Sunday was our house concert with Marie-Lynn Hammond, accompanied by Tom Leighton on piano and accordion and David Woodhead on bass and guitar. Marie-Lynn is well known in the roots and folk world for her song writing, and because she’s also a passionate horse lover and rider, she’s written a dozen original songs about horses. More than 30 people enjoyed an afternoon of music in our living room. Marie-Lynn debuted her song about Reckless, the horse in the Korean War, who in one battle made 51 trips to and from the front lines, most of them without escort…and the battle location kept changing. What a horse! Watch this short video about this brave little mare. I don’t think there was a dry eye in the house.
Marie-Lynn presented her songs with a look into their history. One song is about the Sharon Temple. I’ve driven past this historic building many times travelling north of Newmarket on Yonge Street. It was very interesting to hear about the religious group that created it. Another song, the humorous “In the Land of One Hand,” was written this year, inspired by her breaking her wrist! She referred to this mishap as “the Canadian winter pastime of falling on ice.”
One song started as a poem that was written many years ago by a member of the audience. It was about two old white horses his family had rescued from slaughter. He’d sent Marie-Lynn this poem after hearing one of her horse songs when she was interviewed on CBC radio. She was so taken by it that she contacted the author and asked for permission to transform it into a song. It’s lovely.
“Emily Flies” tells us about a girl who can’t walk without apparatus. She doesn’t speak words. But when she’s up on the horse at a therapeutic riding stable, she flies.
Lauren Bode donated her animal communication readings from photos to the musicians. During the first half of the program our vizsla, Check, was upstairs behind a closed door (in a room containing his favourite bed with sunshine streaming in). During the intermission and the second half of the concert he joined the people. AND where do you think he ended up? Yep, with Lauren, cuddled beside her on the couch, head on her lap.
Afterwards we walked to the arena. Ron Marino presented Pax, the Canadian. At the Concert Marie-Lynn had sung her song about this breed so it was a treat for the audience to see this gorgeous black horse. Next up were Zelador and Zeloso, our Lusitanos, whom we’ve been teaching a variety of games. I’d worked with both boys in the morning to “take the edge off”, then they’d enjoyed a long day outside. You’d think they’d be mellow…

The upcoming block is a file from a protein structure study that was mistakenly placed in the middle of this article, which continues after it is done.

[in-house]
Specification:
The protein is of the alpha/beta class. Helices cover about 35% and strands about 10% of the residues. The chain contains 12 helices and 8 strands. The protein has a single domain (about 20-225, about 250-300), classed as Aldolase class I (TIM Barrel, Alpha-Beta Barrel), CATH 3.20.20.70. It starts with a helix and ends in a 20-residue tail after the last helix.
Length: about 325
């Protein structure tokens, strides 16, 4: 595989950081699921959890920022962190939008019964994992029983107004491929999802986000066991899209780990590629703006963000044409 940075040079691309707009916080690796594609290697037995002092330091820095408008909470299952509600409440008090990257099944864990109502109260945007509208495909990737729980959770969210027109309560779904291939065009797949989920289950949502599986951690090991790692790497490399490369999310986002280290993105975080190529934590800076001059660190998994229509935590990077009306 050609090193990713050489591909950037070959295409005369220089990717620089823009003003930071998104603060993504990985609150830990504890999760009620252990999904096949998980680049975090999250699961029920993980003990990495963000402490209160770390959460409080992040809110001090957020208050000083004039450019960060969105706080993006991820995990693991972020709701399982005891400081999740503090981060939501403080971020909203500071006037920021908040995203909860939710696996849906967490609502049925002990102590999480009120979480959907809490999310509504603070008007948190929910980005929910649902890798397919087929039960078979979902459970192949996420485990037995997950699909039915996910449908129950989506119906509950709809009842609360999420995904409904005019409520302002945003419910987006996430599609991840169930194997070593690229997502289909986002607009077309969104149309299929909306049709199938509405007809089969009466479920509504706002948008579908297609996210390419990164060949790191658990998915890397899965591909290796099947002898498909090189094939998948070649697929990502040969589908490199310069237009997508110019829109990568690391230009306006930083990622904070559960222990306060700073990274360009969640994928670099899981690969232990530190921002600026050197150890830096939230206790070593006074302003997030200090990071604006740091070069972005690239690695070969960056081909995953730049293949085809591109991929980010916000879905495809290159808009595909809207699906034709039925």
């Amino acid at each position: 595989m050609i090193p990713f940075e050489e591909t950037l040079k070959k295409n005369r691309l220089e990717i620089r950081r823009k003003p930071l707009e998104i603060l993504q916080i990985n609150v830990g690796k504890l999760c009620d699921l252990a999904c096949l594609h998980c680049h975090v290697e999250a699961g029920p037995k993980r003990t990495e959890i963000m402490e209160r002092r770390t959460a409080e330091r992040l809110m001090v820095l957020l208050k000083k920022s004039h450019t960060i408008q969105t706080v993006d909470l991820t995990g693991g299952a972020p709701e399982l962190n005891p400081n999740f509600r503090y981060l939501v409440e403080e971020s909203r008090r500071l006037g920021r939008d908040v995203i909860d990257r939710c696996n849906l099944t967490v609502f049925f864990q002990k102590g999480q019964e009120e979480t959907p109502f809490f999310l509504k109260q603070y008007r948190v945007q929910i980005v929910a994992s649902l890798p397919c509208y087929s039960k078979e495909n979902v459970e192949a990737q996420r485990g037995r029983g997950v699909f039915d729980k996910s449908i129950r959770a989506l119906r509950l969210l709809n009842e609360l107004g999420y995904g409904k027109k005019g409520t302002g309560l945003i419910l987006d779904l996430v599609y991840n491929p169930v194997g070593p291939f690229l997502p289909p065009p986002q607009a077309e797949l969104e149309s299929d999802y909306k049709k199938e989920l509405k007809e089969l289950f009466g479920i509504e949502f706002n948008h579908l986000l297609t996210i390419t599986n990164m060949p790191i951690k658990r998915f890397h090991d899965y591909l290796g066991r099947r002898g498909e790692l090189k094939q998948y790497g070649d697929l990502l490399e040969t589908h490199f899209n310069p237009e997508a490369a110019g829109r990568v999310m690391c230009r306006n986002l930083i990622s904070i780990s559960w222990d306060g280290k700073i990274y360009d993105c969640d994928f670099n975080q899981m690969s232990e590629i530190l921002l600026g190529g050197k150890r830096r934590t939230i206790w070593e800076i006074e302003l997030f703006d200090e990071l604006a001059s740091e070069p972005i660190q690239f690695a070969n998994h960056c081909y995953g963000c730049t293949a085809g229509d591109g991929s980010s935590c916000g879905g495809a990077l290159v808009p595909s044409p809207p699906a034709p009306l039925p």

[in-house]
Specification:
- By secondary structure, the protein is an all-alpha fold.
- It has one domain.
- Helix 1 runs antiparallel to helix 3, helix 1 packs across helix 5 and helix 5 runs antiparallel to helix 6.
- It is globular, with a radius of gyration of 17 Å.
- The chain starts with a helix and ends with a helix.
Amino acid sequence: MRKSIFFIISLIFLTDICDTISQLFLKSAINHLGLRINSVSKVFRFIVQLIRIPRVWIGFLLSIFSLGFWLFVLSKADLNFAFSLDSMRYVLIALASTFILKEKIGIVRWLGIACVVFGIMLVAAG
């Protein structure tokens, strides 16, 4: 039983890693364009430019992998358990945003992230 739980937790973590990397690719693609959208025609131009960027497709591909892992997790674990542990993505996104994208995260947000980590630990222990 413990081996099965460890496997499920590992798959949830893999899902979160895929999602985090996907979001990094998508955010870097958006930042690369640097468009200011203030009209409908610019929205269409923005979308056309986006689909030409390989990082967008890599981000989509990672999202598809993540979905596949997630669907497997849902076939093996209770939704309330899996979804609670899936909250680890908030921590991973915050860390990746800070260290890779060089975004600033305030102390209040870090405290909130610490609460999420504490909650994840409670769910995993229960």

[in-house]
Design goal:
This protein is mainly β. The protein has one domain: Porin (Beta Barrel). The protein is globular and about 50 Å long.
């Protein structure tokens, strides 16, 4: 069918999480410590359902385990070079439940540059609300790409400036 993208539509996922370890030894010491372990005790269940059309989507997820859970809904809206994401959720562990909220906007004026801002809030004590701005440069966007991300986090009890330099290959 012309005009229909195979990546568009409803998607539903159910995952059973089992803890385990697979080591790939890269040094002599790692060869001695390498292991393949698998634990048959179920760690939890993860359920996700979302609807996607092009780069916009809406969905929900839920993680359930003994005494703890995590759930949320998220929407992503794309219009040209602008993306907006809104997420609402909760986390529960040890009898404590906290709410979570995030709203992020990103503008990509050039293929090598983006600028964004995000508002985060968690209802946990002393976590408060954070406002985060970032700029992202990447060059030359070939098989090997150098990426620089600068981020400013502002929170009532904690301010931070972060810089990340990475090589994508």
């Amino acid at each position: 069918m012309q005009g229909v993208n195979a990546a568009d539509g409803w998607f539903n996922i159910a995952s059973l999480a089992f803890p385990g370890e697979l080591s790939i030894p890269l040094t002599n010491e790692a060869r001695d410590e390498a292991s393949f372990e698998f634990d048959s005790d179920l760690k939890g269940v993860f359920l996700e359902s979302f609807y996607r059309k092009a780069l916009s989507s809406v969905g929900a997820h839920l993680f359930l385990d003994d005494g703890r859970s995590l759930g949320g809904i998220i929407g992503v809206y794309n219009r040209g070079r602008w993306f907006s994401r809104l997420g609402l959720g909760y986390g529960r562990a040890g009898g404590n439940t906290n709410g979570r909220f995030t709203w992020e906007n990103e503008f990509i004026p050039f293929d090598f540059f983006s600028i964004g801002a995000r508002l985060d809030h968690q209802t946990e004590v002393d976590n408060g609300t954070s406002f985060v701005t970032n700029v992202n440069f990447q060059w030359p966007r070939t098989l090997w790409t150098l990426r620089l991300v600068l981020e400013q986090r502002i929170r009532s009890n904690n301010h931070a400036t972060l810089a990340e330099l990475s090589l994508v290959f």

Zeloso was thrilled to see the people. He wanted to canter and canter and canter. Zelador went up to the crowd and let everyone pet him and tell him he’s beautiful.
We brought out the rotating top pedestal and I was just calling Zelador to it when Zeloso (who was on a lead line, standing on the south pedestal) broke away from Bill! He came, dragging his lead line, to step up on the pedestal. We removed the line and he positioned his foot near the centre. I helped him place the second front hoof beside it. He was able to go a few steps with his hind feet to each side. Zeloso is just learning this trick. Up till now he’s been a bit too flamboyant and I didn’t want him accidentally hurting himself. We reattached the lead line and took him back to his pedestal. Now it was Zelador’s turn. He got up there and started turning and turning! I had to stop him. Talk about showing off!
We debuted “Playing Baseball.” Zelador decided the preferred way to hold the big green plastic bat was at the thick part. One thing about working with Zelador…you learn to roll with the punches. Somehow I was able to hit the bat with the ball (WHEW!), get the bat out of his mouth and set him off to round the bases. Ron Marino scooped up the ball before Zelador landed on home plate.
Zelador and Zeloso asked the audience to help with singing “When You’re Happy and You Know It” and “The Hokey Pokey”. This is the first time they’ve performed “The Hokey Pokey”. Zeloso was a star with the verses about putting a leg “in”. Zelador’s “tongue in” and “shake” were charming. He’s almost to the point where he will shake his head when he hears the word sung.
The last note was Zelador playing his version of “Three Blind Mice” on the horse piano constructed by Bill. Talk about a musical afternoon!